Why Japan is not the best place to work, in which European country to start building a career for an IT specialist, and how can a programmer understand support. Japanese Takahito Namiki told us about this. He visited several countries and made an unexpected choice for himself. We talked with him in English and translated the conversation into Russian.
Conservative Land of the Rising Sun
I have lived and worked in several countries: Japan, USA, Canada, Ukraine and even on the island of Taiwan. Well, you can really work anywhere with a laptop and Wi-Fi. But in order to work better, you need to understand the international market and immerse yourself in a new environment.
There is an opinion that Japan, and in particular the city of Tokyo, is a place of great opportunities. But this is not the case. Working in Japan doesn’t appeal to me for several reasons.
In my experience and opinion, the Japanese market is more closed and conservative. In Europe, you feel more like a part of a team. There are many “hulking” giant corporations in Japan that are ready to “eat” all your time.
Despite the fact that wages and living standards are higher in Tokyo, there are many more opportunities in Europe to go international. I want to clarify that I went to college in the United States for four years, lived in Asian and European countries – I have something to compare with.
Support is an important part of the IT system
Initially, as a basic education, I studied politics, but I switched to macrosociology in order to better understand social and social processes. My specialty is called “International Communication” and you can say that I am very sociable.
I started my business in 2016. The main goal of the company is to help the management system achieve its goals, raise awareness of career advancement abroad, and prepare the environment for successful IT projects not only in Japan, but also in other countries. In addition, I conduct market research, consultations on market research and expansion, develop development strategies for start-up companies, large and medium-sized enterprises from all over the world. I am currently working with Wise and FinTech.
Most programmers don’t see the support engineer as part of IT, but they are at the forefront. Their tasks are not only to comply with the interests of the client and solve technical problems, but also to interact with programmers, to act as a connecting link. To get a job as an IT support engineer, you need to have technical skills.
On the one hand, as a support, I don’t need to understand technical terminology. I simply report a problem if I find any bugs in our product. BUT, I need to understand the structure of the content, because I have to tell the experts correctly so that they create good UX and UI.
Often I have to “translate” technical information into the one available to clients, in this case I am guided by the rule: “Simpler is better”. There is no point in working if the clients do not understand the essence of the problem. High professionalism – skillfully communicate with both clients and programmers.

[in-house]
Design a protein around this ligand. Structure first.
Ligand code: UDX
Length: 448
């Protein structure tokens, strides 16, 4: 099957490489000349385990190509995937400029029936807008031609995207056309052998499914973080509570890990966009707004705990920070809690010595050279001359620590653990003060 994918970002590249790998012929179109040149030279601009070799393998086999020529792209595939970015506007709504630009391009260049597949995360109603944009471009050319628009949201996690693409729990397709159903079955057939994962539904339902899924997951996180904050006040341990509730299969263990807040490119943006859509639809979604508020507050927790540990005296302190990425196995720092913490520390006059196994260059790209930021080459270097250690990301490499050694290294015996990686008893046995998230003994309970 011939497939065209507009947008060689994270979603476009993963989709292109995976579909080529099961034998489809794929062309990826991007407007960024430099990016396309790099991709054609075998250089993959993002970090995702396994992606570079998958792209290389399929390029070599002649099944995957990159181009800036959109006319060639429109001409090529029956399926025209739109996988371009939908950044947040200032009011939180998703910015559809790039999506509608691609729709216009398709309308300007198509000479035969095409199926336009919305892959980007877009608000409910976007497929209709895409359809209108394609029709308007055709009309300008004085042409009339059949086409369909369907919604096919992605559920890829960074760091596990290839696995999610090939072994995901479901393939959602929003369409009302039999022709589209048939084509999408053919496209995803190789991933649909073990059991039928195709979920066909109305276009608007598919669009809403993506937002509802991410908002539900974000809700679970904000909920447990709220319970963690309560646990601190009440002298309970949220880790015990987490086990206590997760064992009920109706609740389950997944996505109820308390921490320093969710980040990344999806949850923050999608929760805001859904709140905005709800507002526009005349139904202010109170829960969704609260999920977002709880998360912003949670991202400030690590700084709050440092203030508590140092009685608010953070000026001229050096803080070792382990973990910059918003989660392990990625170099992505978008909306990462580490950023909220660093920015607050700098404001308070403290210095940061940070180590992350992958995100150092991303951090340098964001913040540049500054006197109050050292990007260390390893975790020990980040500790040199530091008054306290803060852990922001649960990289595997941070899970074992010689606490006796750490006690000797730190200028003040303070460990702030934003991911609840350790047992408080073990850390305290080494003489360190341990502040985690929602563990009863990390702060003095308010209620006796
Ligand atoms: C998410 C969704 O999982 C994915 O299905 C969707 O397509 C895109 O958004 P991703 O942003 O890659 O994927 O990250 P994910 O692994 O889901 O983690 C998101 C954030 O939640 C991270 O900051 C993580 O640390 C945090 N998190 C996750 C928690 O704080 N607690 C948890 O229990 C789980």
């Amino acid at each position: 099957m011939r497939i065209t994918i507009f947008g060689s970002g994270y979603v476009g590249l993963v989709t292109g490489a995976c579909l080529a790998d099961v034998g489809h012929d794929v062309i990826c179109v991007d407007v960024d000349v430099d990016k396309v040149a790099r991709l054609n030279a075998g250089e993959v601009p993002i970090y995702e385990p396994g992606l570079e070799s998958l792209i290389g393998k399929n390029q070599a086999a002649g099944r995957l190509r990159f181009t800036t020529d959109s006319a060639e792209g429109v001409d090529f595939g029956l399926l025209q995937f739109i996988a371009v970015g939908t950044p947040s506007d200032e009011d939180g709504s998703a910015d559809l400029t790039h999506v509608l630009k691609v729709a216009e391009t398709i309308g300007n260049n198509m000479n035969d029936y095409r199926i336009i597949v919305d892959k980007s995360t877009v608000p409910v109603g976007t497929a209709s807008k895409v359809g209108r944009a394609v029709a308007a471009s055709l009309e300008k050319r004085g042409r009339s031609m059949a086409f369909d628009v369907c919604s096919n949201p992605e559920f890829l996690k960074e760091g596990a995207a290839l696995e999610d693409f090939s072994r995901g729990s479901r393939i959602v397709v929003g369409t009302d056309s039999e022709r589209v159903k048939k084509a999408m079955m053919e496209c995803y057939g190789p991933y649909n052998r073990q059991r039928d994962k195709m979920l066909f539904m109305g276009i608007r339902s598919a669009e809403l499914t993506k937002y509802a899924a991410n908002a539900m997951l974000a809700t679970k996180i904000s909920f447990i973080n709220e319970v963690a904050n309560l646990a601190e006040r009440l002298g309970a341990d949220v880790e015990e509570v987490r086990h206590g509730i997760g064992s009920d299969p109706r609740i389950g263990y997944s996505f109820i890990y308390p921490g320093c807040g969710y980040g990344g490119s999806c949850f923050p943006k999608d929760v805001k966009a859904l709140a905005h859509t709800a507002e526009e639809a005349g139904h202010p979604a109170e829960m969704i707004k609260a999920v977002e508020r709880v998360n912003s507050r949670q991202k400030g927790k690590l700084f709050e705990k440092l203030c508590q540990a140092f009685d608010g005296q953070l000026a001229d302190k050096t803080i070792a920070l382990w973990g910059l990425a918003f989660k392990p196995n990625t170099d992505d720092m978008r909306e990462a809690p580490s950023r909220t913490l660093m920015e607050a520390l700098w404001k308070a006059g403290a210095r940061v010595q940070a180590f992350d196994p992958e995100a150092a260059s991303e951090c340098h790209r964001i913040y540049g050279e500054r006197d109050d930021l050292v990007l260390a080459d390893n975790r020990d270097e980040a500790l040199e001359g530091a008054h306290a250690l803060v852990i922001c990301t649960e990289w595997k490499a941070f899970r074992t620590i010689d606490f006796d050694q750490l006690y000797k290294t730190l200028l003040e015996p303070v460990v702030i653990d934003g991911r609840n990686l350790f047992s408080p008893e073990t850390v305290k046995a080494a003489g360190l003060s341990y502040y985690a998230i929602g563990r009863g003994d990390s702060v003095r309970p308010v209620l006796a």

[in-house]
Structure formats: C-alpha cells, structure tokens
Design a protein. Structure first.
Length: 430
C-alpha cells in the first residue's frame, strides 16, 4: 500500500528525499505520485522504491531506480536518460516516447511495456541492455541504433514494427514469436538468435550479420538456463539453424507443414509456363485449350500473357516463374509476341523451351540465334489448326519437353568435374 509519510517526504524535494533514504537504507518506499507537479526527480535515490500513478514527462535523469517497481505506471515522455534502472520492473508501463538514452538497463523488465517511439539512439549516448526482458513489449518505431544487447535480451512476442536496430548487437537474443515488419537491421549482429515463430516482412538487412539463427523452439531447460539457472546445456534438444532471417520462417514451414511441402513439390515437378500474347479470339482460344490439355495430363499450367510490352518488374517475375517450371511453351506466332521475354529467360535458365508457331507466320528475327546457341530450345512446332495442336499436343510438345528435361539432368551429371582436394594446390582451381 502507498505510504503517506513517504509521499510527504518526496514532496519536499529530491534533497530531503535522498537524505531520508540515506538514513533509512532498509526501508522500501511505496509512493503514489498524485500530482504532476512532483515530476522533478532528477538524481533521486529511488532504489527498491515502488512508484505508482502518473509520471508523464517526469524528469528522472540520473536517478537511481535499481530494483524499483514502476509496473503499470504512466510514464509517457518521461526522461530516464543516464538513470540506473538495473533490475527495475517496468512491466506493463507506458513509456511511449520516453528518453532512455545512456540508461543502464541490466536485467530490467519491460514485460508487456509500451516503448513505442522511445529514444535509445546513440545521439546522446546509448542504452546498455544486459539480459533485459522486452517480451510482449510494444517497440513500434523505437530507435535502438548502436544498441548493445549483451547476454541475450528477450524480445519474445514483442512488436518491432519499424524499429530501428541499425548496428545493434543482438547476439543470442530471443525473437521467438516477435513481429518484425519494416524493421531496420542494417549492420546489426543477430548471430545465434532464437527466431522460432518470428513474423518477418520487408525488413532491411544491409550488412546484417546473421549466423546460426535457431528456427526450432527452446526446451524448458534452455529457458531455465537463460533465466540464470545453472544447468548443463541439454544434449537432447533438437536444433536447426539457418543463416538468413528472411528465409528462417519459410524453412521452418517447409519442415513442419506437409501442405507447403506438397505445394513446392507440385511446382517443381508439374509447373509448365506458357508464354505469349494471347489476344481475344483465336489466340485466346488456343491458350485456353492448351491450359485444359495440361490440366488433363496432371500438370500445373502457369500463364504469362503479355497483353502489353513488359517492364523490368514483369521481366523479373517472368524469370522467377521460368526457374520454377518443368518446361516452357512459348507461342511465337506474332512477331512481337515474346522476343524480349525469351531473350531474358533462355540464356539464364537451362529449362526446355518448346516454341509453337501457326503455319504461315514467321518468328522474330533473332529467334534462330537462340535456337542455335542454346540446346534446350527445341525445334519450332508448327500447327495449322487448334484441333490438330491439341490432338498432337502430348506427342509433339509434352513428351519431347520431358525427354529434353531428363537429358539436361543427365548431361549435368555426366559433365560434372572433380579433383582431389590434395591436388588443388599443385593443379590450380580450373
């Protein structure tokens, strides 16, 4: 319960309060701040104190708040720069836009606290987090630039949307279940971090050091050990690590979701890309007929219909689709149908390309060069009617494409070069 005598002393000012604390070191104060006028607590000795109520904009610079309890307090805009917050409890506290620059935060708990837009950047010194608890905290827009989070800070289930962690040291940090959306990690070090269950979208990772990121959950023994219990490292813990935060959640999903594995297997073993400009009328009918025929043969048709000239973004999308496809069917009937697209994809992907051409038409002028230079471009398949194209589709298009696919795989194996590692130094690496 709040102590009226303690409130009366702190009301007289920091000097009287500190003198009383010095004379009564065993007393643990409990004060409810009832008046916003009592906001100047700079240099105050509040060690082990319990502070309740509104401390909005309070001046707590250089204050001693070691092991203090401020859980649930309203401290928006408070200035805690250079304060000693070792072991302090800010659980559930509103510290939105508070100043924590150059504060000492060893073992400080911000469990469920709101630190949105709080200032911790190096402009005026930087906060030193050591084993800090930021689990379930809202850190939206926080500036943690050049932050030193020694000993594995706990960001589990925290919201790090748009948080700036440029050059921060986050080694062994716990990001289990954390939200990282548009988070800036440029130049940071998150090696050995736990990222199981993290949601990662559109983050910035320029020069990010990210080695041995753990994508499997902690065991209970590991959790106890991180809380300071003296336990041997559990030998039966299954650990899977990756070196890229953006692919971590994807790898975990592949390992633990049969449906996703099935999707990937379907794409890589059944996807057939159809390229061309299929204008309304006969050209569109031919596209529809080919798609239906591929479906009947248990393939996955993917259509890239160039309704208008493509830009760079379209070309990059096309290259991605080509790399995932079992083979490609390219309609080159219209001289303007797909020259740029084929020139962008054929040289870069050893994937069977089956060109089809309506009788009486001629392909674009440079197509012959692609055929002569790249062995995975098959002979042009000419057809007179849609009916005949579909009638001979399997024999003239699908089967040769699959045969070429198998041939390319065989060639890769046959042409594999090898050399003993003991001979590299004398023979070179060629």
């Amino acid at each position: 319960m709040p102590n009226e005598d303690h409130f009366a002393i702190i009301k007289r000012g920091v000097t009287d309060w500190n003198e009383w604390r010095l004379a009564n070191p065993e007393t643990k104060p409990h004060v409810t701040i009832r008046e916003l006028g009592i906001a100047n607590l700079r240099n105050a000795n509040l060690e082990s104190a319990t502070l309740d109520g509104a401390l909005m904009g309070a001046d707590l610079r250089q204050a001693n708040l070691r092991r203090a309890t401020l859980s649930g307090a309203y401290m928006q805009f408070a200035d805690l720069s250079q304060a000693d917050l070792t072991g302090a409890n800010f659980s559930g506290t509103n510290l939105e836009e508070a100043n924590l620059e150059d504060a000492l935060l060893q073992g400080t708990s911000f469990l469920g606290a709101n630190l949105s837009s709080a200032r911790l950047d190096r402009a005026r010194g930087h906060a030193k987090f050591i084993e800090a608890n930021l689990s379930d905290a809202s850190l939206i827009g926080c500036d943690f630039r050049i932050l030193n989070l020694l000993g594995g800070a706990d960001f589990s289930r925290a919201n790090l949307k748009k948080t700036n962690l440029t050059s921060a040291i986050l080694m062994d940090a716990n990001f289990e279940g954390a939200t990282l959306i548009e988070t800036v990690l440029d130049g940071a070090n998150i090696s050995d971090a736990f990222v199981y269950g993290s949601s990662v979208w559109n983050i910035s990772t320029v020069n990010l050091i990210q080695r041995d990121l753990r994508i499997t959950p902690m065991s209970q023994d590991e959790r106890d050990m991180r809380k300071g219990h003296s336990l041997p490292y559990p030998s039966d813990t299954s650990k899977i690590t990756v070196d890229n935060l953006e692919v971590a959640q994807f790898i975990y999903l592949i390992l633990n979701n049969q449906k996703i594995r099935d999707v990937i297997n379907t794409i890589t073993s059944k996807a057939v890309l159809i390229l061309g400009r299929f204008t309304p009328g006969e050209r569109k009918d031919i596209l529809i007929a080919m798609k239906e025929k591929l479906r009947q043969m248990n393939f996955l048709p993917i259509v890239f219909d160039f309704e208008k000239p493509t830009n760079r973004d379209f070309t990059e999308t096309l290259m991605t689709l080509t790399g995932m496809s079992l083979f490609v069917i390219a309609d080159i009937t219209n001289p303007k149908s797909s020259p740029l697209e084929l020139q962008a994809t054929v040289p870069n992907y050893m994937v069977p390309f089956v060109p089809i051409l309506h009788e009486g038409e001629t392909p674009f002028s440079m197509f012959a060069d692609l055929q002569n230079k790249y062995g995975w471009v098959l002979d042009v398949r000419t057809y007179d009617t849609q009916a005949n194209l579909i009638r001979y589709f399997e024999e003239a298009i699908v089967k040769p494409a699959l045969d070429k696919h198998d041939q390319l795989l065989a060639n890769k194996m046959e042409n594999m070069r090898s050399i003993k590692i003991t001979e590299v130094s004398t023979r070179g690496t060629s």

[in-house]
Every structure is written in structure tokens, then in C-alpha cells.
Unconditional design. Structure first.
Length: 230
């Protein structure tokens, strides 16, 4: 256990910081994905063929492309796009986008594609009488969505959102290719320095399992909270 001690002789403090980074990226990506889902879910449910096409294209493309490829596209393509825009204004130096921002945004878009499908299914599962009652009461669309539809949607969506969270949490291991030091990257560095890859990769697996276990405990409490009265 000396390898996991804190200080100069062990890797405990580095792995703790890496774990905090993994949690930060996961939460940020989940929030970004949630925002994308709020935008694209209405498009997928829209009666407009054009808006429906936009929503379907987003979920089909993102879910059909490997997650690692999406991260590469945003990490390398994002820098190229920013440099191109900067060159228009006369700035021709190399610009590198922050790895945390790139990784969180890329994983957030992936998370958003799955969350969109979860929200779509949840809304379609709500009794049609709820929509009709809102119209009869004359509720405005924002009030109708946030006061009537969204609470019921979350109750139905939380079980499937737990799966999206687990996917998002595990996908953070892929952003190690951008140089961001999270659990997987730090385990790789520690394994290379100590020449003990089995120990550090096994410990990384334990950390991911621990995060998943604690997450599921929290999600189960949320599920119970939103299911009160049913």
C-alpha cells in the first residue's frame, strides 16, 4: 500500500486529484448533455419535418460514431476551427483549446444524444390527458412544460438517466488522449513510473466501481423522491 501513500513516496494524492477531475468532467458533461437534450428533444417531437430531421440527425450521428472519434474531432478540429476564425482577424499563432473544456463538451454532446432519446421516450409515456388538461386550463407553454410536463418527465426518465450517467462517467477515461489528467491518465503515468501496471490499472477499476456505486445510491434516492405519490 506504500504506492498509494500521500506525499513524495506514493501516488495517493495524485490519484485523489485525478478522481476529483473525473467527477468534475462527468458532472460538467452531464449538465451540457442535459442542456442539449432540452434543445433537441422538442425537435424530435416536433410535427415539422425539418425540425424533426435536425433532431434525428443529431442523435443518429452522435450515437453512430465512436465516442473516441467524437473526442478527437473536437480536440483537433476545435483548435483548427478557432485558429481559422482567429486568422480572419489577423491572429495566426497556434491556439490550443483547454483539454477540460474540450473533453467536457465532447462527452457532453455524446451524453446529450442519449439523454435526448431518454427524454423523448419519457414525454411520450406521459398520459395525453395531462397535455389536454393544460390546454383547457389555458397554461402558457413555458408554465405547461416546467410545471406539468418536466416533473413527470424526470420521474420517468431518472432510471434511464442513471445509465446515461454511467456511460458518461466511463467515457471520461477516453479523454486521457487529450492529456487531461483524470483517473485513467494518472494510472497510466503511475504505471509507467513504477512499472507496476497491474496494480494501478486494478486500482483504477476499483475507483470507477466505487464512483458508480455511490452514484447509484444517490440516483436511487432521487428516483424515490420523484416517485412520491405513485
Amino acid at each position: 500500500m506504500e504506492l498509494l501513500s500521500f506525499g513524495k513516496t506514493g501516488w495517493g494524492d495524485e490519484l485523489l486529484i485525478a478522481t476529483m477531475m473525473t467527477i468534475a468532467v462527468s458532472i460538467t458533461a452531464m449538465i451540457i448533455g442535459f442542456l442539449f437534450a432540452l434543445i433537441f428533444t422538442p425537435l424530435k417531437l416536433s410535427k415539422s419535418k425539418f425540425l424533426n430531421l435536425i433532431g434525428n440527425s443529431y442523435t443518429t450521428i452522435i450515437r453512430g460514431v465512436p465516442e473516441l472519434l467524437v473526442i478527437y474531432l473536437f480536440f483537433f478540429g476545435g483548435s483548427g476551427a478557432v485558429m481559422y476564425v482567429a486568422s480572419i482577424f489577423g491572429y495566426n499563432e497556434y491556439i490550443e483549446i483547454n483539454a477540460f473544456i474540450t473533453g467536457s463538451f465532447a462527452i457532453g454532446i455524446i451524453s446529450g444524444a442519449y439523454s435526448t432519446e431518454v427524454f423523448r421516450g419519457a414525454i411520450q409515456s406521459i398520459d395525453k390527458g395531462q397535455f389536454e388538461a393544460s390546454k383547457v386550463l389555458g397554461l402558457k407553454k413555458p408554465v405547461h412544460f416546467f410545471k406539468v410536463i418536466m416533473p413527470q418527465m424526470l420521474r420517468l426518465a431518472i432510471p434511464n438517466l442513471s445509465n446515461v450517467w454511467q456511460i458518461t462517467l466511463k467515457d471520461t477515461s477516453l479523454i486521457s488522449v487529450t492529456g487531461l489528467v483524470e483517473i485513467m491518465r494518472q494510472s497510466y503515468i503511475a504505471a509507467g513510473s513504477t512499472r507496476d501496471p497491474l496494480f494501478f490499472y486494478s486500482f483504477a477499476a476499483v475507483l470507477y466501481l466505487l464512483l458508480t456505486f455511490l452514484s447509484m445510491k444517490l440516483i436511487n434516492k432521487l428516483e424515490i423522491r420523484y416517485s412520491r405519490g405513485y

Engineer Commandments: No drama. Good karma
After talking with users, clients and the team, I can articulate several core values that I adhere to in my work:
It’s not just a job:
We are making positive and important changes in the world.
We cannot spend time in our comfort zone.
Nobody can do it alone. We need each other.
We break through walls to do amazing things.
We take responsibility for what we do.
We take care of ourselves and each other.
Customer comes first:
We’re working to make the world a better place for our customers – that’s the whole point.
Customer voices should always be the loudest. We listen to them and serve them as one team.
No drama. Good karma
We start with the assumption that everyone has good intentions.
We respect the worldview of others and challenge arguments, not individuals.
We are open and honest – there are no hidden goals.
I have a lot of respect for the values, culture and team of my company, so I never get bored. Nobody is perfect on our team, but we are together. So if someone thinks there is room for improvement, then we listen. None of us can get better without feedback.
Europeans vs Japanese
In my opinion, Europeans do not need to learn anything from the Japanese to work successfully, and vice versa, the Japanese also do not need to take anything from the Europeans. We are completely different. As the proverb says: “In Rome, do as the Romans do.” But, if I still have to choose, then this is “politeness”. This way we will see the behavior of business clients and partners, and it will be easier to achieve mutually beneficial cooperation.
Best Startup Country
After visiting several countries and talking to people in the international field, I chose the best country for IT professionals starting their own business. This is Estonia.
Because here you can easily start your own business and enter the EU market. In November 2019, I moved to Tallinn and joined the international IT team, which invited me as a Japanese customer support specialist and also as a market expansion consultant in Asia.
Estonia has an e-residency system, so it is more innovative than the Japanese one. I have now temporarily returned to Japan because of COVID-19 and because I wanted to meet my family. I plan to return to Tallinn soon, but maybe I will move to another country. For example, Ukraine, as it is now on its way to becoming an IT country.
When moving to another country, you should always remember that here you will gain a unique experience, learn a different culture and change your lifestyle. This will help you not to be afraid and be open to new opportunities. You, too, can find your place, and not necessarily your home country.
PS Jobs with open forks at a distance and with relocation in the telegram bot g-mate…